July 25, 2022
Navigating how to include young people meaningfully as co-researchers is like taking part in an Escape Room. Adapting to changing circumstances comes with its challenges, maybe times of considered defeat, but also many moments of laughter.
Disclaimer: This blog is a long read. At the bottom of this blog you will find the team’s key learning points which are well worth a read!
This blog shares experiences from a PhD research project that involves young people as co-researchers throughout the various stages of research. The blog itself has been collaboratively written by all four members of the research team and we have also been supported by a wonderful academic supervisory team throughout the life of our project.
Hi, I’m Jess, a co-researcher on the project. I’m currently in my second year studying Psychology at Aberdeen University. I got involved in this research as I have experience of mental health stigma and discrimination and I am passionate about amplifying young people's voices in research. In this role I ensure that there is a consistent lived experience voice throughout every decision made on the project.
Hiya, I am Kirsty, an undergraduate psychology student at Queen Margaret University with ambition to pursue a career working within the mental health field. I am a young person with lived experience who has encountered mental health related stigma first-hand, which passionately fuels my interest in the area. My role as a co-researcher on this PhD research project involves: learning more about the research process, providing a youth-focused lens when analysing the data, and using my own lived experience understanding of mental health related stigma to steer this research in the appropriate direction.
Hi there, I am Rhi and I’m actually not a student! I got my first job at the age of 14 and have been working a multitude of jobs ever since. This experience gives me a different perspective than the rest of the team as it allows me to bring knowledge on young people’s stigma experience in the workplace from a young age. I’m involved in this research because I don’t think there is enough young people’s voice on matters like this and I want to be part of bringing change to future young people like me.
Hello! I’m Rebecca, a second year PhD candidate at Glasgow Caledonian University. Having over 3 years of third sector and youth work experience, my work has often focused on the mental health and wellbeing of young people, with an emphasis on amplifying the voices of lived experience. I have fostered the participatory approach throughout this project as I believe that the meaningful inclusion of young people in decisions that affect them is vital to improving the outcomes of research.
As a research team, we have developed a strong, relationship-focused way of working that places the wellbeing and inclusion of each member of the team front and centre and this creates a safe and comfortable working environment for us to design and conduct participatory, youth-led research. This was crucial, as the field of mental health stigma is sorely lacking the voice of young people and no participatory research has been conducted with young people in this field to date.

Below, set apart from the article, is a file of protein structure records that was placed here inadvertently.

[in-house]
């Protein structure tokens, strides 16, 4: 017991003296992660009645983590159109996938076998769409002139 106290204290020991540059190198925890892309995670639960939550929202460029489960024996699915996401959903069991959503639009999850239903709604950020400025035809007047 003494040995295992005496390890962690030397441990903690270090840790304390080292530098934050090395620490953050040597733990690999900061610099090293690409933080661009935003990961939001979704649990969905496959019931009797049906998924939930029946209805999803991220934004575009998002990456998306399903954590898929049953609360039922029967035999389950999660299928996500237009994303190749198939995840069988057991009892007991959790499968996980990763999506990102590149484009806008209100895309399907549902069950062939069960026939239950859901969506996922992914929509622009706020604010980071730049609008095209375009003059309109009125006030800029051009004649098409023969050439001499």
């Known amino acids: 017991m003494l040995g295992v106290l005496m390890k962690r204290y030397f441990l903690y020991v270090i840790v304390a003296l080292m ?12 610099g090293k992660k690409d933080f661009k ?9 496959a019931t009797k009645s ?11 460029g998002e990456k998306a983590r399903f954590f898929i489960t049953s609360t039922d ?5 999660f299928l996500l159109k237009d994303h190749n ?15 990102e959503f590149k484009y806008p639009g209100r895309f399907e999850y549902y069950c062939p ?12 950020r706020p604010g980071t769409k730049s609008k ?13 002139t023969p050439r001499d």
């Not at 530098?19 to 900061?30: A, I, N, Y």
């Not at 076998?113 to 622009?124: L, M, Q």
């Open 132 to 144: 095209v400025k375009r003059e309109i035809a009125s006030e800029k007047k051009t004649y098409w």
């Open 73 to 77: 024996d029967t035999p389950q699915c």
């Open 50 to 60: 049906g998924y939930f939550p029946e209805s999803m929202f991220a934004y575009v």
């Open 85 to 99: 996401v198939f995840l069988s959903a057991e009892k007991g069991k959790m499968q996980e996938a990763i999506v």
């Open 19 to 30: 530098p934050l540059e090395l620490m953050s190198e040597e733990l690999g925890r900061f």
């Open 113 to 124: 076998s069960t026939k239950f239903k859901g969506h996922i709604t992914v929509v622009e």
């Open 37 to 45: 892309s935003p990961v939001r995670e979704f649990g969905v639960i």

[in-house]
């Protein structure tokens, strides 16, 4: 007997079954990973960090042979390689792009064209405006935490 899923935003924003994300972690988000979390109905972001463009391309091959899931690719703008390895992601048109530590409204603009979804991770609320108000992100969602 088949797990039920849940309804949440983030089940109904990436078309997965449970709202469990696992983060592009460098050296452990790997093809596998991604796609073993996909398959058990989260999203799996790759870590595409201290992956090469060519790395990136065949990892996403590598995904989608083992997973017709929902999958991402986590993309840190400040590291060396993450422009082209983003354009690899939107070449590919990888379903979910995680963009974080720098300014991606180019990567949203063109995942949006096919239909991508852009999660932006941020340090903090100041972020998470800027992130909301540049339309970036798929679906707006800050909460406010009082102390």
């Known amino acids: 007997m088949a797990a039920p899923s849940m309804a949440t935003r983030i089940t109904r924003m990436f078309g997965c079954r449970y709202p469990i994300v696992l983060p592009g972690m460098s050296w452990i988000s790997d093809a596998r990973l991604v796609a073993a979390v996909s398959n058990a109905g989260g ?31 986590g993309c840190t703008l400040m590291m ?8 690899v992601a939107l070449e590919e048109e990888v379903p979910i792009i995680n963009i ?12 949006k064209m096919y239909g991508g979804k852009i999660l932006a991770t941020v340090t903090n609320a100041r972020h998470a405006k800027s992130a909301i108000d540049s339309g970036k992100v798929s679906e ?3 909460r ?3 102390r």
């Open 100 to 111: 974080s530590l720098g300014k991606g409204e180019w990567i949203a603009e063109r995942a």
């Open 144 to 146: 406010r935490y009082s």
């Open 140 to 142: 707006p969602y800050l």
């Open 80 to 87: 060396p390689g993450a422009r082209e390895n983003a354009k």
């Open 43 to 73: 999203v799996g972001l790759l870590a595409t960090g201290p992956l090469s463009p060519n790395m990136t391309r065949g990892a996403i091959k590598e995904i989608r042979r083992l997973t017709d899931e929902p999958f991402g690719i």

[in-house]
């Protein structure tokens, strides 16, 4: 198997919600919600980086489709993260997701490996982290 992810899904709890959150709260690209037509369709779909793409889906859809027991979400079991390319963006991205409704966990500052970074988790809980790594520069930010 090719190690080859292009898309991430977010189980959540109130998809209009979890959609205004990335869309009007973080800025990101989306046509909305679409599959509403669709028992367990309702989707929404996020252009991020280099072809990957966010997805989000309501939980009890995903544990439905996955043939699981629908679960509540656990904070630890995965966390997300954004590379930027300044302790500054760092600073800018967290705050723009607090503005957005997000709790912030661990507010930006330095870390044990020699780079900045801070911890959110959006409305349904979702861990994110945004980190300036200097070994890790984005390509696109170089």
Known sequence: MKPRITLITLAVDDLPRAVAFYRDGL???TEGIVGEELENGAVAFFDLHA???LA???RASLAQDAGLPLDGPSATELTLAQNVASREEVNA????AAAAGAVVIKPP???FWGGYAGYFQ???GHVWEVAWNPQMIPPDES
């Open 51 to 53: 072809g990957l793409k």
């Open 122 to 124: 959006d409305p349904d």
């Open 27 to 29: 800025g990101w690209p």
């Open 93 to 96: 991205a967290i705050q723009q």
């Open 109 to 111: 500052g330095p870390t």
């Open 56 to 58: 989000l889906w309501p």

Our research project explores how children and young people, aged 12-17, experience stigma in relation to their own poor mental health. The project is funded by The Mental Health Foundation and Glasgow Caledonian University. The co-researchers were recruited from volunteers at See Me Scotland, where the lead researcher had previous engagement and existing relationships with young people. See Me Scotland also continued to provide additional support to the young people in their role as co-researchers: additional well-being check-ins during the project, a risk assessment in place for involvement, and a key allocated staff member to support the project.
Recruitment began with a brief description of the research project and after an initial expression of interest, a drop-in presentation session was held to present the research project. If the young people were still interested in pursuing the co-researcher position, a one-to-one meeting was scheduled with the lead researcher. This meeting was designed to discuss their interests, what they would like to gain from the role, their availability, working style and any other needs alongside safeguarding methods and potential triggers. This allowed each co-researcher to collaboratively design their role description based on their interests and needs, leading to a jointly designed working agreement signed by the lead researcher, co-researcher, and See Me Scotland.
‘… contributing to 'actually what is it that I'm gonna do', like 'what is the role' - it was the foundation for all the rest of it. I feel equal, I feel I've contributed. That was the best decision made so far. Was being able to actually go 'yeah, as a co-researcher that responsibility works but that one, nah, that one doesn't tickle my fancy.' And the fact that that was okay? It makes the experience so different to any other. In a good way!’ - Kirsty
Once the co-researchers were officially recruited onto the project, a welcome pack was put together that included notebooks, a journal, pens, highlighters, some well-being items, and a welcome letter. This had been discussed in the initial meeting with the interested young people to identify what would be most appropriate things to receive, if a welcome pack was possible. The first meetings were based on everyone's availability and focused on establishing best ways of working. The co-researchers identified the key areas they wanted to start working on such as understanding the research area, the theory and background, and designing our initial study. The lead researcher supported the co-researchers to become familiar with these areas, as well as getting the co-researchers access to an institutional email, introducing them to the projects supervisory team, scheduling a team building session, and setting up our working patterns.